Satire

Ode to hurt...or why my tolerant nature can't stand your opinions

I’m hurting I am, and I want you to know, That the pain I am feeling, isn’t likely to go. I’m hurting I am, it’s your opinions you see, I just can’t accept them, I do not agree. D’you not pay attention, d’you not see the news? This post-modern world has no place for your views. They’re outdated, outmoded, outrageous no doubt, And lots, lots more words beginning with out. Reactionary, Dark Ages, Stone Age repression, And other assorted clichéd expressions. That’s what I think of your bigoted rants, Which contrast so starkly with my own tolerance. You’ve made me so angry, so hurt, even bitter, What can I do, but to go onto Twitter? Hashtag #BigotedIntolerantPhobe, Said something that hurt me, so I’m telling the globe. I’ll put it on Facebook, Instagram too, The world needs to know the pain caused by you. Pain that keeps giving and won’t find relief, For I simply can’t cope with a different belief. But being free-thinking, I’m perfectly fine, That others have thoughts that are different to mine. I must draw the line though, with views such as yours, Against which there really ought to be laws. Don’t get me wrong, I’m 100 percent, Committed to free speech and the right to dissent. But it’s Twenty-Nineteen and I can’t understand, Why opinions like yours still haven’t been banned. The law ought to treat them as Hate Crimes, it should, Then you’d have to keep them all up in your head, yes you would. And not only Hate Crimes, but Hurt Speech I say, On account of them really upsetting my day. Enough is enough, I’m really perturbed, My tolerant nature has been greatly disturbed. From now on I beg, keep your views well hid. Did I tell you they hurt me? Yes you hurt me, you did. Rob Slane is the author of A Christian and Unbeliever discuss Life, the Universe, and Everything. ...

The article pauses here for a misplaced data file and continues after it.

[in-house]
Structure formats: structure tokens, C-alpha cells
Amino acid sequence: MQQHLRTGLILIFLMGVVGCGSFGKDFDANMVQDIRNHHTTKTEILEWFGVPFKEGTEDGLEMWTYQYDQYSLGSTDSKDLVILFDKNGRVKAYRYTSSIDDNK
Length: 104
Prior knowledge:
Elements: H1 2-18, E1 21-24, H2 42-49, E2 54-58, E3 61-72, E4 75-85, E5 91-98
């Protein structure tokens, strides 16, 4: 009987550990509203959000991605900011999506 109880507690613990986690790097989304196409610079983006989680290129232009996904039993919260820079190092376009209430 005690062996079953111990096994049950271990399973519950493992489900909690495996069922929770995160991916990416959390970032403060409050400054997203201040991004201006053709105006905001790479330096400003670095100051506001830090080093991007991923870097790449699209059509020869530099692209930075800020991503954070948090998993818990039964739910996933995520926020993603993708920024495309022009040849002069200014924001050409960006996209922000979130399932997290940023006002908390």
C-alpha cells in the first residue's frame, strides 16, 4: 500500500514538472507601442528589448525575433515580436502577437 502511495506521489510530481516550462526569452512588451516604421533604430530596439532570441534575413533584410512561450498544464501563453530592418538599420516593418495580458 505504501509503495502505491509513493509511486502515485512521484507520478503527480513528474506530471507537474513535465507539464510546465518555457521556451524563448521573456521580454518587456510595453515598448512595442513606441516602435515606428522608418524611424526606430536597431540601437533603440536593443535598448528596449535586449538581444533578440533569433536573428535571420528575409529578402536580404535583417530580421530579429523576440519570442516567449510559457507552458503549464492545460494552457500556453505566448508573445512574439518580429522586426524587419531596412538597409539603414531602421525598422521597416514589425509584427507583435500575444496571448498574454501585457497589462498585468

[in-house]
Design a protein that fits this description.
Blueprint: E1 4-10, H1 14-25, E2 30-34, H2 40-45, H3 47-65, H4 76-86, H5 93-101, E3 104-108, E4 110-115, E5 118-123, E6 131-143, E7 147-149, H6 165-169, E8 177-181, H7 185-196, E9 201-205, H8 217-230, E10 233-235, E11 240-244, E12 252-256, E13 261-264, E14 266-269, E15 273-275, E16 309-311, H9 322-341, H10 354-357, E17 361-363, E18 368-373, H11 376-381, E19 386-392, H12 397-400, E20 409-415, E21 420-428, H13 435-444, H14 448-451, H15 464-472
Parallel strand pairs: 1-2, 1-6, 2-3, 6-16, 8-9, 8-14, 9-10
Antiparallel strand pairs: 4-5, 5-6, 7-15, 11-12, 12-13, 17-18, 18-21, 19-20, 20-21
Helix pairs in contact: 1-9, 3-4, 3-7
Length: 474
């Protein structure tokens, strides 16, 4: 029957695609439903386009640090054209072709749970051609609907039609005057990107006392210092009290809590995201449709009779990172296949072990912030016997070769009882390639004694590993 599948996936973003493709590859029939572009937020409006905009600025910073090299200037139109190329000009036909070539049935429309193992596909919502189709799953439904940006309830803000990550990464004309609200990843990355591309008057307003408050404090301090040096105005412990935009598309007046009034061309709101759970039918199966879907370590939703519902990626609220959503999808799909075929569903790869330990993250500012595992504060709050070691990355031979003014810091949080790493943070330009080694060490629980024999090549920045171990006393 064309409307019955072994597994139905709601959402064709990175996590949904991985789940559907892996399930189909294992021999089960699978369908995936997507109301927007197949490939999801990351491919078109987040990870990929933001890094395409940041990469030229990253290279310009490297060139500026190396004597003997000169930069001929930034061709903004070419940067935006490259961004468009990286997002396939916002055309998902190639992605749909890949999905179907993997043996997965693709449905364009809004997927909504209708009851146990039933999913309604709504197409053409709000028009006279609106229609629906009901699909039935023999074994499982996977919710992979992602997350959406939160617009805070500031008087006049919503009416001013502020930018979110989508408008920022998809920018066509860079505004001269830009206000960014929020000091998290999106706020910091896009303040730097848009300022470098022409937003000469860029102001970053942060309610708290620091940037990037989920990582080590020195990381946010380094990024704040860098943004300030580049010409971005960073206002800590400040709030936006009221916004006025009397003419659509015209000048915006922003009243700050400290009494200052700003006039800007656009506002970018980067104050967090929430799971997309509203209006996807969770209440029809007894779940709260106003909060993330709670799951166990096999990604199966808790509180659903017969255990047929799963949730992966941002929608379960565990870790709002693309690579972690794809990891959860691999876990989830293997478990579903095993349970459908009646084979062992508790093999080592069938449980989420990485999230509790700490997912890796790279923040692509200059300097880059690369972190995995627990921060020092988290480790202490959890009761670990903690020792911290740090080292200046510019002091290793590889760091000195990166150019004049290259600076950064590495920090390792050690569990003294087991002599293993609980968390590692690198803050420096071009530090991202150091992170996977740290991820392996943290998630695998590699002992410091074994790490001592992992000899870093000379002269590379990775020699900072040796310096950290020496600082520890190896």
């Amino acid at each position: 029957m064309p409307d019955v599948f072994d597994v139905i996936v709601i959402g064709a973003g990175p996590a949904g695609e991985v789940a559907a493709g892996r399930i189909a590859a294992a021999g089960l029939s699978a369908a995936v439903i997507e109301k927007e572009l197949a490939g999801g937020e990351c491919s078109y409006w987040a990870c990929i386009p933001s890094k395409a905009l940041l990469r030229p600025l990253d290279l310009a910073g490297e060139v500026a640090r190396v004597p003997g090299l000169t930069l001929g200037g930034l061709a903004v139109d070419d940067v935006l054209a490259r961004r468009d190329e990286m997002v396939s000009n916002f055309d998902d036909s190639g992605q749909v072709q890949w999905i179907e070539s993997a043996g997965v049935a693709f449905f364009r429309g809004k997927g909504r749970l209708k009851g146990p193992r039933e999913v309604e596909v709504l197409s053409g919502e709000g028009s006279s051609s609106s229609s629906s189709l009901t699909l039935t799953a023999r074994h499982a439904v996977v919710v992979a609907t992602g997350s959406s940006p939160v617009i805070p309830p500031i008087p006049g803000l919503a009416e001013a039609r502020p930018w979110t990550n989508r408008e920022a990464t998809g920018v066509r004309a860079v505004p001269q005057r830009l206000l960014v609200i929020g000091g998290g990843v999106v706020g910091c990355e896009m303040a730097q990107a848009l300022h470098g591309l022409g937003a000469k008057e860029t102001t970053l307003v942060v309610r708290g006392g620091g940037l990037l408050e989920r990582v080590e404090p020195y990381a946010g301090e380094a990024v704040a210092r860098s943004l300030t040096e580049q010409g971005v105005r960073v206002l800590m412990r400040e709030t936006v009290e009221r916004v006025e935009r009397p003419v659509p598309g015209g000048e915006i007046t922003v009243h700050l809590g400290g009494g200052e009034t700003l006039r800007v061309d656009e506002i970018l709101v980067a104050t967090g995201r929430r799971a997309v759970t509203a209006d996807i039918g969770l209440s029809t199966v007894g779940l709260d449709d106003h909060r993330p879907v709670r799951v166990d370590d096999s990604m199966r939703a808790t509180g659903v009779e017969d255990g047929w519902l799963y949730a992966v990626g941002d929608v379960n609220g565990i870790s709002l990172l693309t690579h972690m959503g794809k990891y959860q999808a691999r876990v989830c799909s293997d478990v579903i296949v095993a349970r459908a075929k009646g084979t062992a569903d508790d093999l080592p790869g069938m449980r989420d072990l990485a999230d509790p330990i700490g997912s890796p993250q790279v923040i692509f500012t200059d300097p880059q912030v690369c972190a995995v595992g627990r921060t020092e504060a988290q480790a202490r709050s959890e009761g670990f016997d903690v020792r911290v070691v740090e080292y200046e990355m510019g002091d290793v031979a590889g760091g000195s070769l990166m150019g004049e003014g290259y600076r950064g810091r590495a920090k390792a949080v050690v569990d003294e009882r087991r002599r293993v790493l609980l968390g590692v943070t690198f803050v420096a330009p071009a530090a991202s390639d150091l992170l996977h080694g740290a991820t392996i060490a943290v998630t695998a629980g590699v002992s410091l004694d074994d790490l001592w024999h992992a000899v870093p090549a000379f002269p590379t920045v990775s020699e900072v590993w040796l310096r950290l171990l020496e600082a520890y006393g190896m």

Pro-life - Abortion, Satire

Why men are superior to women – a pro-life analogy